Can Anyone Achieve A Muscular Buff Body?

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We all have preferences for how we want to appear and what we find attractive. Many people enjoy the way muscle mass makes them look and feel. Both men and women may feel more empowered when they have visible muscles. And many people feel sexier when their body is toned and muscular.

The path to a beach body with muscles that ripple isn’t easy for most. While some people are naturally muscular and can achieve this look with regular exercise and a standard diet, it can take a bit more work for others.

Body types vary. The good news is that regardless of your body type, each body contains the essential ingredient for muscle mass. We’re talking about muscle cells. Each person is born with a certain number of muscle cells, and fat cells. You cannot add cells or take them away. It’s preprogrammed into your DNA.

However, you can change the size of those cells. You can make fat cells shrink and muscle cells can grow larger.
Muscle cells are different than other cells in your body. While most cells have a single nucleus, muscle cells have many. When you work the muscle cells through strength training exercises, they develop more mitochondria.

Mitochondria are the little energy producers in your cells. As you build up your mitochondria, your muscle cell size increases. In fact, the increase can account for up to 30 percent of your muscle mass. But this isn’t the only way that muscle cells grow.

Your skeletal muscle is composed of thread-like myofibrils and sarcomeres that form a muscle fiber and are the basic units of contraction. Contraction and extension are the two basic movements of a muscle. When you bend your arm you’re contracting some muscles and extending others. Extend or straighten your arm and the opposite muscles contract and extend.

Strength training breaks down some of your muscle fibers. It damages them, and that, believe it or not, is a good thing. Because after you exercise, your body repairs or replaces the damaged muscle fibers through a cellular process where it binds muscle fibers together to form new muscle protein strands. These repaired strands increase in thickness and number to create muscle growth.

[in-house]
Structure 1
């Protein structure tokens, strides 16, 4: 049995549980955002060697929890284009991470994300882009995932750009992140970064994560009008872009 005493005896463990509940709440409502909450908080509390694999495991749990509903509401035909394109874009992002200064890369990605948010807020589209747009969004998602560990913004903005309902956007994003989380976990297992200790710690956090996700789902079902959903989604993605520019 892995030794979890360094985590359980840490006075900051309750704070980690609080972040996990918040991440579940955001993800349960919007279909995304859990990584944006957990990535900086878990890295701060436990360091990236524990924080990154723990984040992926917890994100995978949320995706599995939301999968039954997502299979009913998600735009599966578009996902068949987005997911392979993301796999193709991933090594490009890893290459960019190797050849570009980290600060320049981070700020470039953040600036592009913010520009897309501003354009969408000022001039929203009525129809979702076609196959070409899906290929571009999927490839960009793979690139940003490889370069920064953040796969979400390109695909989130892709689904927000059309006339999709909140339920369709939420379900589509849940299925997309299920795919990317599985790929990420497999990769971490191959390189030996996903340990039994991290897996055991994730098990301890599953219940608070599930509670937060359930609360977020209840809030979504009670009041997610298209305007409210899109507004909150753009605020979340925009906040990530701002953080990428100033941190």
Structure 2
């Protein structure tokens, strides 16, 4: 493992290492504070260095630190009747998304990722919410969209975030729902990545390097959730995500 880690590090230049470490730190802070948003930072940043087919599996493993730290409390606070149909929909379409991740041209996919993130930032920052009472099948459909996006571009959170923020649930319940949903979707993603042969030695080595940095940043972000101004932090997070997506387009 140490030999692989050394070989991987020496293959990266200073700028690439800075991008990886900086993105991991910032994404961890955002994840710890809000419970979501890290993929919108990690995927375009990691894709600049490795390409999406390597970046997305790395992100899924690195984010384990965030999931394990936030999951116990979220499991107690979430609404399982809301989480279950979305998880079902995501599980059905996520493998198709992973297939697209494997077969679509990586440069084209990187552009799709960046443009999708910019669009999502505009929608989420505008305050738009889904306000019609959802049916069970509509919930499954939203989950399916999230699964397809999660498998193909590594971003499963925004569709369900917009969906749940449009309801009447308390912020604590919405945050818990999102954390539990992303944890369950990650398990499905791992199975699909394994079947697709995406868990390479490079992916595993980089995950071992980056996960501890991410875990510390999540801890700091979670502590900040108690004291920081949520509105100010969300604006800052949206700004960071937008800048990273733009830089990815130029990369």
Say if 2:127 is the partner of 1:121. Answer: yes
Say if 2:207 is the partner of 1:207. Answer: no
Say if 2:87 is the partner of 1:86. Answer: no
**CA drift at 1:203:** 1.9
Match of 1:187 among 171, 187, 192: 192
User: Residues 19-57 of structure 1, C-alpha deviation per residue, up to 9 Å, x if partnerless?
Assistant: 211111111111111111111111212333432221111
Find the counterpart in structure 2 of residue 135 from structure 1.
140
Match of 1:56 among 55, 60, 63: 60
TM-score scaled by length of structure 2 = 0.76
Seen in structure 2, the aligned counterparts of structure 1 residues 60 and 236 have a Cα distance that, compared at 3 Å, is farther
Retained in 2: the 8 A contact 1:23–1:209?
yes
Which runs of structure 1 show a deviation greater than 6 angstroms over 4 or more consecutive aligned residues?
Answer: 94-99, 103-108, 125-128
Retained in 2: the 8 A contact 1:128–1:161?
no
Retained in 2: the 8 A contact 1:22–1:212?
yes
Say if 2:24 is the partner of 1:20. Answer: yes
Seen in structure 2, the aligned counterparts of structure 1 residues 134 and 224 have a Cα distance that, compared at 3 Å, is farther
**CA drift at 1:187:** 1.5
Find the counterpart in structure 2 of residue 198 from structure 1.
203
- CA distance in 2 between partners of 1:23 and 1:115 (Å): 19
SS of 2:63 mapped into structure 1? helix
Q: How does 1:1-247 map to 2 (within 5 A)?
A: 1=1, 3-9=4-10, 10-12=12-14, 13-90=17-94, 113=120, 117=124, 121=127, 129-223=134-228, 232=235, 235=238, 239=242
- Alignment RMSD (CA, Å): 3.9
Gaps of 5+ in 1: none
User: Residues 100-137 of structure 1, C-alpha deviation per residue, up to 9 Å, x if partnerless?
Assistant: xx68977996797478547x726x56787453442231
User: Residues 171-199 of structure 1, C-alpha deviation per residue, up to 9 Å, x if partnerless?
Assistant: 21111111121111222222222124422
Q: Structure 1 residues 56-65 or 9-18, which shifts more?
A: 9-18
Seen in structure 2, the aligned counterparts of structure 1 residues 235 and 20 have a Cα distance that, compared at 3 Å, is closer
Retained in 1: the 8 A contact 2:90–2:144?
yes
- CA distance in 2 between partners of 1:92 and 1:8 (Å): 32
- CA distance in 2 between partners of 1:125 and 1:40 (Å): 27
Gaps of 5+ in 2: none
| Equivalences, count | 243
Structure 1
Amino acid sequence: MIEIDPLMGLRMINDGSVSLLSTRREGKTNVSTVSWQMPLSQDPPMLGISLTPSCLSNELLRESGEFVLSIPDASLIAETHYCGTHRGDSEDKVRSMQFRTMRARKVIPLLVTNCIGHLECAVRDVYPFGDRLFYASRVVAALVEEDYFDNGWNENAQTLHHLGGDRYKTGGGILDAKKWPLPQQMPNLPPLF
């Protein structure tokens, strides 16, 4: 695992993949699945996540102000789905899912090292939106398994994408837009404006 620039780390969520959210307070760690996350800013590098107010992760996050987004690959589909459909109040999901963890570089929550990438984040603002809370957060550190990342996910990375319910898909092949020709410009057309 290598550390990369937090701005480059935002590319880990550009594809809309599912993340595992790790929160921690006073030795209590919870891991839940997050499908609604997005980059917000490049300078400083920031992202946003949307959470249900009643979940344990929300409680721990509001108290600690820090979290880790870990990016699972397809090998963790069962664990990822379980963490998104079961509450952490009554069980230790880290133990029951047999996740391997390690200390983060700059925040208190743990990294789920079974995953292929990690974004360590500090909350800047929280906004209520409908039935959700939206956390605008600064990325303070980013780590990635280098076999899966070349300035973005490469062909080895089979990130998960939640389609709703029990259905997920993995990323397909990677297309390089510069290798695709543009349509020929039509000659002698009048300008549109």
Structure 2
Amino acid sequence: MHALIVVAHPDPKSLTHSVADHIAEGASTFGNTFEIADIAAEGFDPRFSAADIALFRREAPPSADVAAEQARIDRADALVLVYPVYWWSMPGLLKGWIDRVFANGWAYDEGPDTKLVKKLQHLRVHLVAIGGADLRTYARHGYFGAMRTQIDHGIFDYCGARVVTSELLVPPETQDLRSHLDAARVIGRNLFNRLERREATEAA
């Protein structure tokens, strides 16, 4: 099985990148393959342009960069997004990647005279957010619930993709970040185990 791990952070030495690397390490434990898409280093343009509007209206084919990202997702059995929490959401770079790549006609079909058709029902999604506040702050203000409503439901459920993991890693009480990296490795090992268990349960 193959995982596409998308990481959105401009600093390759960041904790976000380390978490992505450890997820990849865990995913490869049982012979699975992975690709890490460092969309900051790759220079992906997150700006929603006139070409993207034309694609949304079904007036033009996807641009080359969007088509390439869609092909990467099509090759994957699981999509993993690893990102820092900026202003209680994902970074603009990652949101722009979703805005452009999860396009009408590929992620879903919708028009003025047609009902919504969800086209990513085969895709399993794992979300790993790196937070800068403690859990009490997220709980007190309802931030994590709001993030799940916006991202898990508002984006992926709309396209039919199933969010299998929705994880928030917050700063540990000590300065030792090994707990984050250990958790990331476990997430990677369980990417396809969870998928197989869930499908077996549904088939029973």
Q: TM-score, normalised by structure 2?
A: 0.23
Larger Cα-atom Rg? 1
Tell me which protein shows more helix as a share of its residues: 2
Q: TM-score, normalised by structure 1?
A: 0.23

Notice that your muscles don’t grow when you exercise. They grow when you rest. This is important to remember later on when we’re talking about taking good care of your body and resting.

Additionally, when you exercise you increase the volume of the fluid and glycogen stored in your cells. This also increases the size of the muscles.

So there are three different ways that a body can increase muscle mass through exercise. However, you can also see that genetics can play a very important role in the development of muscle mass. Some people with the right genetics can develop very large muscles. Other people will need to work long and hard at bulking up. However, both types of people can show off the muscles they do have by reducing their fat.

Adipose tissue, aka fat, covers your muscles. It serves as a fuel as well as a protective mechanism. When you reduce the size of your fat cells, your muscles stand out. They’re no longer covered by a thick layer. They’re more noticeable. This is why bodybuilders go on a very specific diet before they compete in a bodybuilding contest. They need their body fat to drop down to very low levels so the judges can clearly see the outlines of their muscles.

It’s also important to point out that men and women generally differ when it comes to building muscle. Testosterone triggers muscle cells to grow. Women don’t have much of this hormone so they don’t bulk up as quickly. But they can build muscle mass. And the good news for women is that the exercise and strength training approach for men and women is the same.

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